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Iván Fischer in Mendelssohn

Fischer Istvan (Ivan)Iván Fischer returned to D.C. for the second of three* times in his first season as Principal Guest Conductor (there are rumors he might become more than that, although my bets and hopes are still on James Conlon) of the National Symphony Orchestra and further displayed his indelible ways with romantic Central European repertoire that orchestras all over the world (have to) play anyway, but don’t always do with the flair and passion a maestro like Mr. Fischer can elicit.

Mendelssohn is the composer for this run of concerts (there are repeat performances of this program on Friday 7PM and Saturday 8PM) and this most precocious of composers is represented with two early works to prove it. Symphony No.1, rarely played – but not for lack of beauty – was created when Mendelssohn was 15 years old. A Midsummer Night’s Dream when he was 17 – expanded, seamlessly, from the overture with the incidental music 16 years later, when he was only five years away from his early demise at 38.

Mendelssohn did most everything wrong he could do wrong to be a ‘good’ romantic composer. He was well-mannered, clean, undisturbed, and emotionally balanced. He was financially secure, had no split personality; was neither deaf nor syphilitic. He composed music in a rather classical manner and wasn’t prone to scandals. These deficiencies for the desired romantic stereotype of a composer cannot even be made up by having died sufficiently young. And even that early death is not seen as too tragic (compared to, say, Schubert!) because Mendelssohn’s greatest masterpieces were written when he was still a wee lad (Octet, Midsummer Night’s Dream).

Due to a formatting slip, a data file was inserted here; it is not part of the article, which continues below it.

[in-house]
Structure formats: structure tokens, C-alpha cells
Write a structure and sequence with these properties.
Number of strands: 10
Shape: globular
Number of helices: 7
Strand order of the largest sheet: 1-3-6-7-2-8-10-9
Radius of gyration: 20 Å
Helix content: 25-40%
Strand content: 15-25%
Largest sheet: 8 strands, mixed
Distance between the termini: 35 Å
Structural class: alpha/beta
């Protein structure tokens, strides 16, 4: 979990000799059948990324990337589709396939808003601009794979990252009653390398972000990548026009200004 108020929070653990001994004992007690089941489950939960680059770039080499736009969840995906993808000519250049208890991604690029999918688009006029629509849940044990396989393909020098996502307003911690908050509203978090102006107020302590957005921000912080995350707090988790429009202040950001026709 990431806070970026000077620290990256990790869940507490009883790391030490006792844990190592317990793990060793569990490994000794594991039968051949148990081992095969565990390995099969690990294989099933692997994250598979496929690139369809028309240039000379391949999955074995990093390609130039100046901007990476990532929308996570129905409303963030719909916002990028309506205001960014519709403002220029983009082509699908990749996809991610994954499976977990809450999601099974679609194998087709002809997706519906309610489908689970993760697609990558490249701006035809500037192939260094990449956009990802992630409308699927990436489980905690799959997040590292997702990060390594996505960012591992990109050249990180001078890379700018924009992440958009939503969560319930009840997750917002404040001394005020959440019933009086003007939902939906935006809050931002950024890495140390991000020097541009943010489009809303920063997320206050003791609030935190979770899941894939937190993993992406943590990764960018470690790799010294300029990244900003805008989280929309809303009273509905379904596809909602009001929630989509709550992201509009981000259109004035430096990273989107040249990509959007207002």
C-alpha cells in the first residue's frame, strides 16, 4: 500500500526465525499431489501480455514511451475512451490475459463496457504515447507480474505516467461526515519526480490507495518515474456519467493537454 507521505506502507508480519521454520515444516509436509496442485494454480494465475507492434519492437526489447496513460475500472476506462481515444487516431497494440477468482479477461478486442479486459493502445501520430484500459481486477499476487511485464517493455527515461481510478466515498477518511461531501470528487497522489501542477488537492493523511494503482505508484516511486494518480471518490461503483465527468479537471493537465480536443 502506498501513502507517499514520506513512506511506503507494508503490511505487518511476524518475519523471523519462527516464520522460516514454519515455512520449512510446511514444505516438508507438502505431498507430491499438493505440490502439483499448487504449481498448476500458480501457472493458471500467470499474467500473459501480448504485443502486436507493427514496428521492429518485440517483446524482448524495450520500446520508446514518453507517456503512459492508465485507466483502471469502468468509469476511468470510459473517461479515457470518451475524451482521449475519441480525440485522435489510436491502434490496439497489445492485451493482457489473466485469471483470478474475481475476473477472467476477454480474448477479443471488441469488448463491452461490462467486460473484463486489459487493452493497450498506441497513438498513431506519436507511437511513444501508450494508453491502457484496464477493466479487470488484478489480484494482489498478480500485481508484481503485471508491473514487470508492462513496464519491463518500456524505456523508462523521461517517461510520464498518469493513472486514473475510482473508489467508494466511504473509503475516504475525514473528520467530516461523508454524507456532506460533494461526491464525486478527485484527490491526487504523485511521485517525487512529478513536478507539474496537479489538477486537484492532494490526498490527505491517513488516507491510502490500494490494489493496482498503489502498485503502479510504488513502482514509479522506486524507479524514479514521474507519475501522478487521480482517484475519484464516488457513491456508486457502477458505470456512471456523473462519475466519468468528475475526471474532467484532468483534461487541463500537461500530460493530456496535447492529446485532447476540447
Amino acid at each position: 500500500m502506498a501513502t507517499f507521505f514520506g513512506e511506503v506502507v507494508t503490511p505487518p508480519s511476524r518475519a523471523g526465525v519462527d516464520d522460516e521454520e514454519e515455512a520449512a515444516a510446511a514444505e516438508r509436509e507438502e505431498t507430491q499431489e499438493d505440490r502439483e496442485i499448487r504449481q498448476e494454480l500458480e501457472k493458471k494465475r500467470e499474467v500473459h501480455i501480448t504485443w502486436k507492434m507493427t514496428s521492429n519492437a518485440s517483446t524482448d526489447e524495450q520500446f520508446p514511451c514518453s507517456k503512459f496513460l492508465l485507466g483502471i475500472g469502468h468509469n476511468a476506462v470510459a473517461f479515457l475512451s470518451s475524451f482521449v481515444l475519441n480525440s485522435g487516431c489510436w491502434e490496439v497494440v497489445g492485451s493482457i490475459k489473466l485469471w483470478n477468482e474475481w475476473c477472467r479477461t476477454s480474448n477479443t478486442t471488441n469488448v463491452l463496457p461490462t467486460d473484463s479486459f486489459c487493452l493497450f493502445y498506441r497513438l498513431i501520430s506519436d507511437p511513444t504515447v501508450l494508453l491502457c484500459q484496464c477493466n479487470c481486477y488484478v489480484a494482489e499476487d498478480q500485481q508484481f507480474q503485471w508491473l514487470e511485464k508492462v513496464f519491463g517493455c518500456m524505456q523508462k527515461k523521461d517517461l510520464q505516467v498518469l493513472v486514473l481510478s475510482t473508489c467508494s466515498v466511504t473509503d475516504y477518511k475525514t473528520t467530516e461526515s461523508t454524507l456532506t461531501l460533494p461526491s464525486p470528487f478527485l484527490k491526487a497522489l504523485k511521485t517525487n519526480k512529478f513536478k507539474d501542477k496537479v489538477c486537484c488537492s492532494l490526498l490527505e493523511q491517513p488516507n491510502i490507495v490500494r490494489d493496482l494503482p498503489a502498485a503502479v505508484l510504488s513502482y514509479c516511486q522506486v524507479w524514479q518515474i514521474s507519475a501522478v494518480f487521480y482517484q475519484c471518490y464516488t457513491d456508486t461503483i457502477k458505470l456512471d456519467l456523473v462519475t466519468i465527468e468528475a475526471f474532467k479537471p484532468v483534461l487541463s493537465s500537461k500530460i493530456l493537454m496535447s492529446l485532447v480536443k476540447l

Other Reviews:

Tim Page, NSO and Ivan Fischer Make The Most of Mendelssohn (Washington Post, February 9)
The lighthearted, graceful and ‘touched’ work that is the Shakespeare-influenced overture and incidental music (which actually incorporates parts of the Octet and forms a sort of one-in-all greatest-hit work) was on fine display under Fischer’s precise, puckish command. He never allowed it to trod or be weighed down by the size of the large orchestral forces. Alas, the all-important spark that turns this music from ‘nice’, ‘pleasant’, and ‘lovely’ into something genuinely exciting was sadly missing in a consummate but tame – almost timid – performance. The horns, in particularly, played gingerly, as if under-rehearsed, the strings were wheezing on several occasions. With soprano Carolyn Betty as the first fairy it was a bit difficult to make out what she was singing – nor was she particularly fairy-like with her dense, dark-hued voice. Judith Norton kindly stepped in as the second fairy to replace the indisposed Kelley O’Connor. The “Women of the University of Maryland Concert Choir” (could they not change their name to “Singin’ Terrapinettes”?) provided the remaining fairies for the faultless chorus.

The First Symphony enjoyed a happy-go-lucky first movement but never sat firmly in the saddle, either – a deliberate and regal flow in the Andante ensured that the music’s charm came across, but not much more. Perhaps even higher expectations from maestro Fischer contributed to the perception of this performance being curiously lackluster.